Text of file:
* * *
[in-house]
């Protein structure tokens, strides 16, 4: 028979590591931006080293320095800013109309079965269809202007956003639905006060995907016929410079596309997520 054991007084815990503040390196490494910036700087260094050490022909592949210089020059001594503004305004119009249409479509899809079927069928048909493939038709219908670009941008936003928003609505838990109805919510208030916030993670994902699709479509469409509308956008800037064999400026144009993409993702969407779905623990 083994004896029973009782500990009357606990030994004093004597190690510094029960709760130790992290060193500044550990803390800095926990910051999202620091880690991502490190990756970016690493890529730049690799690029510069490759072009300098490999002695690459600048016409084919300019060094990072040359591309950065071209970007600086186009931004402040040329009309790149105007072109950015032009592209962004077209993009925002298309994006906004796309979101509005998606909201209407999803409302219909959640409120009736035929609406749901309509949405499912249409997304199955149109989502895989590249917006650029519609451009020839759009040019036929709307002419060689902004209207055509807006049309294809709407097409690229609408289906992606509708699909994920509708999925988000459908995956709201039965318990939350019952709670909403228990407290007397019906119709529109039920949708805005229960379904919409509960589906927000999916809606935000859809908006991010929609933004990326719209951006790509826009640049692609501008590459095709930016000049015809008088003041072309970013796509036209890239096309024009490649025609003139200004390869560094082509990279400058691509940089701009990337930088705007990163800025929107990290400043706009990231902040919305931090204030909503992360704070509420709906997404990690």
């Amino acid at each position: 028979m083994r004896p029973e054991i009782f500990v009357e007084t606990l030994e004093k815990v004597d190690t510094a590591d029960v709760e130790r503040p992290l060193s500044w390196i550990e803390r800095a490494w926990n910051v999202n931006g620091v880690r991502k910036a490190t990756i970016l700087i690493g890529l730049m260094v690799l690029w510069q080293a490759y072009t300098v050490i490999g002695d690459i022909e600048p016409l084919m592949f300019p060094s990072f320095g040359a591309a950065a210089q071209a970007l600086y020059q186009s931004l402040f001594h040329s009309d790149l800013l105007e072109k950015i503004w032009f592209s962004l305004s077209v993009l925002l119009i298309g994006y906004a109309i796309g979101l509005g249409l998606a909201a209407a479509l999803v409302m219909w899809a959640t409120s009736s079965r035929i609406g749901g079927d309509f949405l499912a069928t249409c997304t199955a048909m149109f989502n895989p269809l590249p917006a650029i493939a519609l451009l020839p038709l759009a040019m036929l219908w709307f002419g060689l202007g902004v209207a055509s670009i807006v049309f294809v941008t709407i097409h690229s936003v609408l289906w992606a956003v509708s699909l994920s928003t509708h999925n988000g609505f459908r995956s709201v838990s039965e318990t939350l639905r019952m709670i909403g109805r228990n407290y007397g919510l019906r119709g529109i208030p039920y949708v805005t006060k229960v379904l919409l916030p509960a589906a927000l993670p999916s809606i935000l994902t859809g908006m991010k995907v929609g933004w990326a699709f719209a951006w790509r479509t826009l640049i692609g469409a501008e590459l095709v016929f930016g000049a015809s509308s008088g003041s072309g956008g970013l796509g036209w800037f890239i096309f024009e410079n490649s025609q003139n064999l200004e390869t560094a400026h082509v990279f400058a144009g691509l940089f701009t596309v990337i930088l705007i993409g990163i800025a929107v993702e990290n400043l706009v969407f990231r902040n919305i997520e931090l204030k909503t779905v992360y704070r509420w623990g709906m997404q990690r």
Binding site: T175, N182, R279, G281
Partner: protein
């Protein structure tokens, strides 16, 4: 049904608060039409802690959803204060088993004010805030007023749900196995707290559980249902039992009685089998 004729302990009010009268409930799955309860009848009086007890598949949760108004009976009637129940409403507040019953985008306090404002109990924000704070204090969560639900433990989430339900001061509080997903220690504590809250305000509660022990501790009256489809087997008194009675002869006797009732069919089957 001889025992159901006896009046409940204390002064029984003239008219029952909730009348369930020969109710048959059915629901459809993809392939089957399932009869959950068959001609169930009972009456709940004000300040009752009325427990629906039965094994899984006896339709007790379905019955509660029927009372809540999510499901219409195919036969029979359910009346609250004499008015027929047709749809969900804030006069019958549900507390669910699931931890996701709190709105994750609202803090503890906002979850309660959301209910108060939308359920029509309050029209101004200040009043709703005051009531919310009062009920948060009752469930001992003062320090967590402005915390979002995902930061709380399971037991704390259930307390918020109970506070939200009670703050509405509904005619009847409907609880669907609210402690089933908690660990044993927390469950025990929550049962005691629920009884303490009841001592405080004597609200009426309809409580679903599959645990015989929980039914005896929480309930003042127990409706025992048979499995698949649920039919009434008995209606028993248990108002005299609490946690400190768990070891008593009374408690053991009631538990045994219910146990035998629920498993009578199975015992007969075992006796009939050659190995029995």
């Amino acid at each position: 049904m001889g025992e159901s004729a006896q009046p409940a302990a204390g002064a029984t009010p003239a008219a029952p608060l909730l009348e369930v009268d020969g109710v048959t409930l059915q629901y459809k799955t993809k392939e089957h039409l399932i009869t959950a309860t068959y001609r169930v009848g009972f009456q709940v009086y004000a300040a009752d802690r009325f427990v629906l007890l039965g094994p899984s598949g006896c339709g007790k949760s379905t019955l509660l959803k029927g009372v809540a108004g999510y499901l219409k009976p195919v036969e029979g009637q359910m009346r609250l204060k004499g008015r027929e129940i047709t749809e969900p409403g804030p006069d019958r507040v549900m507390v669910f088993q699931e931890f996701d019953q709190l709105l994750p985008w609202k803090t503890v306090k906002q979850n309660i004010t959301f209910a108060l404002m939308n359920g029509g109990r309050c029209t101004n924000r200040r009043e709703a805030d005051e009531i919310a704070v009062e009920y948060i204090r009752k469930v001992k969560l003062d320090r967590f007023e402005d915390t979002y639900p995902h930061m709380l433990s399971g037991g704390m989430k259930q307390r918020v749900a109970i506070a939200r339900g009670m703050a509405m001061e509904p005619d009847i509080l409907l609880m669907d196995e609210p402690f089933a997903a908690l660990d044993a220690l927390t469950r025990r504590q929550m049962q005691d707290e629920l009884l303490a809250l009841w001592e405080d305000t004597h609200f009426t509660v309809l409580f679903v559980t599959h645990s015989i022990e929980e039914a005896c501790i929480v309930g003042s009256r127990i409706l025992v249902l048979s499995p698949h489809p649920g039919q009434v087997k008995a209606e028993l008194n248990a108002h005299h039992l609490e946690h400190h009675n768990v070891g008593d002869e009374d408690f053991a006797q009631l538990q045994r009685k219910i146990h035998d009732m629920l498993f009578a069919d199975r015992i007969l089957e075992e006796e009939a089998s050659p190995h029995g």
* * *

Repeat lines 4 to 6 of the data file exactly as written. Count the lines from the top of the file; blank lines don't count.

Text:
Binding site: T175, N182, R279, G281
Partner: protein
């Protein structure tokens, strides 16, 4: 049904608060039409802690959803204060088993004010805030007023749900196995707290559980249902039992009685089998 004729302990009010009268409930799955309860009848009086007890598949949760108004009976009637129940409403507040019953985008306090404002109990924000704070204090969560639900433990989430339900001061509080997903220690504590809250305000509660022990501790009256489809087997008194009675002869006797009732069919089957 001889025992159901006896009046409940204390002064029984003239008219029952909730009348369930020969109710048959059915629901459809993809392939089957399932009869959950068959001609169930009972009456709940004000300040009752009325427990629906039965094994899984006896339709007790379905019955509660029927009372809540999510499901219409195919036969029979359910009346609250004499008015027929047709749809969900804030006069019958549900507390669910699931931890996701709190709105994750609202803090503890906002979850309660959301209910108060939308359920029509309050029209101004200040009043709703005051009531919310009062009920948060009752469930001992003062320090967590402005915390979002995902930061709380399971037991704390259930307390918020109970506070939200009670703050509405509904005619009847409907609880669907609210402690089933908690660990044993927390469950025990929550049962005691629920009884303490009841001592405080004597609200009426309809409580679903599959645990015989929980039914005896929480309930003042127990409706025992048979499995698949649920039919009434008995209606028993248990108002005299609490946690400190768990070891008593009374408690053991009631538990045994219910146990035998629920498993009578199975015992007969075992006796009939050659190995029995």